The deal, which will pay the NCAA an average of $1.1 billion a year for eight years starting in 2025, further demonstrates the value of live sports TV events in an age when viewers can watch their favorite programs at their own convenience.
The new deal begins after the conclusion of the current 14-year contract, which pays the NCAA $10.8 billion over its full term.
By extending the rights, CBS and Turner come well-armed the next time they negotiate carriage deals with cable and satellite operators.
Both CBS Sports Chairman Sean McManus and Turner Broadcasting President David Levy acknowledged in a telephone interview that the event gives their companies leverage when those agreements come up over the course of the lengthy deal.
“Increasingly, television is all about big events,” McManus said.
The executives said they were highly motivated to extend the deal, which has been beneficial to both companies since it was signed in 2010.
“The thinking is it’s been a successful three-way partnership for six years so why not continue it,” CBS Chairman Leslie Moonves told the Los Angeles Times.
Turners’ cable networks TNT, TBS and TruTV have seen their ratings skyrocket during the tournament weeks. Fans have been happy with the deal as it makes every game in the tournament available on national television.
CBS structured the deal so that it would be protected from any losses. On its own, CBS had been losing around $100 million on the tournament which had just been supported by ad revenue alone. From 1982 to 2010, the network had been the sole rights-holder for the event.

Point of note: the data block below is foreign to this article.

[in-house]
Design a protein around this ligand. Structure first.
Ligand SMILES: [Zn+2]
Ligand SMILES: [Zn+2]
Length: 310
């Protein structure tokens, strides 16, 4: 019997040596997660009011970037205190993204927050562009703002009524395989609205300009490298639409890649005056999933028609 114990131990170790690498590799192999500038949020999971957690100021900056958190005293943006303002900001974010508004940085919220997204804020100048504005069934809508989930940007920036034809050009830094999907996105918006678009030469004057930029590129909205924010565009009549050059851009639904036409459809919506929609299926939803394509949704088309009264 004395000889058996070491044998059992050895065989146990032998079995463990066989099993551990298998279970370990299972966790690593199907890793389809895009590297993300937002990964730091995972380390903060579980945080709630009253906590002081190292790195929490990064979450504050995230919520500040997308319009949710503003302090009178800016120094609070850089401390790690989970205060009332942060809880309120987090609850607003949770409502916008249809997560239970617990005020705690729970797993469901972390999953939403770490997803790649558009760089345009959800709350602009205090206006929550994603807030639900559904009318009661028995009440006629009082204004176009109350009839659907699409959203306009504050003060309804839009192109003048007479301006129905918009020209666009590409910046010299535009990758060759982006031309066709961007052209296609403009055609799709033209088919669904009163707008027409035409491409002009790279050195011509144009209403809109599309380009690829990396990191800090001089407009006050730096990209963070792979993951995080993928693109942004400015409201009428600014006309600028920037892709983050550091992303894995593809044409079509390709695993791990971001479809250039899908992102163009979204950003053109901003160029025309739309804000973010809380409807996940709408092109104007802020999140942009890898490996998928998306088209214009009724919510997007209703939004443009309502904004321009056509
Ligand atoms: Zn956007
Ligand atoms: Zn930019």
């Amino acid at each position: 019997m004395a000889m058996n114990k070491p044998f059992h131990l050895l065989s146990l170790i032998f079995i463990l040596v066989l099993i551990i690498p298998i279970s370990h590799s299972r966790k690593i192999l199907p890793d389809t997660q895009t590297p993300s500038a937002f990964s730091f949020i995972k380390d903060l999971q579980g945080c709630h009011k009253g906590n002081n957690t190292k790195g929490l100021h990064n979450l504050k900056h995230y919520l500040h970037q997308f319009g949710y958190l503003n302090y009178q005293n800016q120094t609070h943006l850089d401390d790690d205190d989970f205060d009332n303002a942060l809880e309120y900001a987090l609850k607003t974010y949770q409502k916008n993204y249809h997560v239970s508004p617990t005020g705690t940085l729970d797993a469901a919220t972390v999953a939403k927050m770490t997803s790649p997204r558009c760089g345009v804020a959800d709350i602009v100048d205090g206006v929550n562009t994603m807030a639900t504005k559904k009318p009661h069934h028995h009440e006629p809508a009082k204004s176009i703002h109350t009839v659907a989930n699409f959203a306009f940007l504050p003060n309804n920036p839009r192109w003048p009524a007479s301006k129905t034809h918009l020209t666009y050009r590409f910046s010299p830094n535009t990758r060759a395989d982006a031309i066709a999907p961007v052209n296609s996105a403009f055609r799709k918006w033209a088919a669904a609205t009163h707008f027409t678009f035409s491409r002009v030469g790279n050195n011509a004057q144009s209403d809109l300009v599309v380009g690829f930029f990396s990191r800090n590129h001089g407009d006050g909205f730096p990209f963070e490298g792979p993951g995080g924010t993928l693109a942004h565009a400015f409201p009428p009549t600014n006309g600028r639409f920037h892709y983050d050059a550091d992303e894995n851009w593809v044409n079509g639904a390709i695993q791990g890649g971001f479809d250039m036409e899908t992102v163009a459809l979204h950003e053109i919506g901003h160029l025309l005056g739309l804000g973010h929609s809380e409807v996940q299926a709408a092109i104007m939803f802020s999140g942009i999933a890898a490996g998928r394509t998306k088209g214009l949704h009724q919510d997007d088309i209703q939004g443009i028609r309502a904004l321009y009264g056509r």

CBS has been in profit in every year under the current arrangement with Turner, according to McManus. That will continue under the extension, he said.
For Turner, Levy said that the current deal “outperforms all of our expectations, including our financials” and that there will be an opportunity for “greater upside” in the extension.
The rights to must-have programming is a vital for cable networks as they fight the trend of consumer cord-cutting which reduces their revenue from subscriber fees.
The deal includes digital streaming rights to the games as well.
Lee Berke, president of the TV sports consultancy LHB Sports, Entertainment & Media, believes the deal is a positive one for all of the partners.
“The NCAA gets a very healthy average yearly increase of nearly 60 percent, while CBS and Turner can jointly exploit across all media platforms one of the most valuable live events in sports,” he said.
Levy said there are no plans to change the arrangement in which the championship final alternates between CBS and Turner. Turner carried the game this year, marking the first time it had not been on broadcast television.
Los Angeles Times—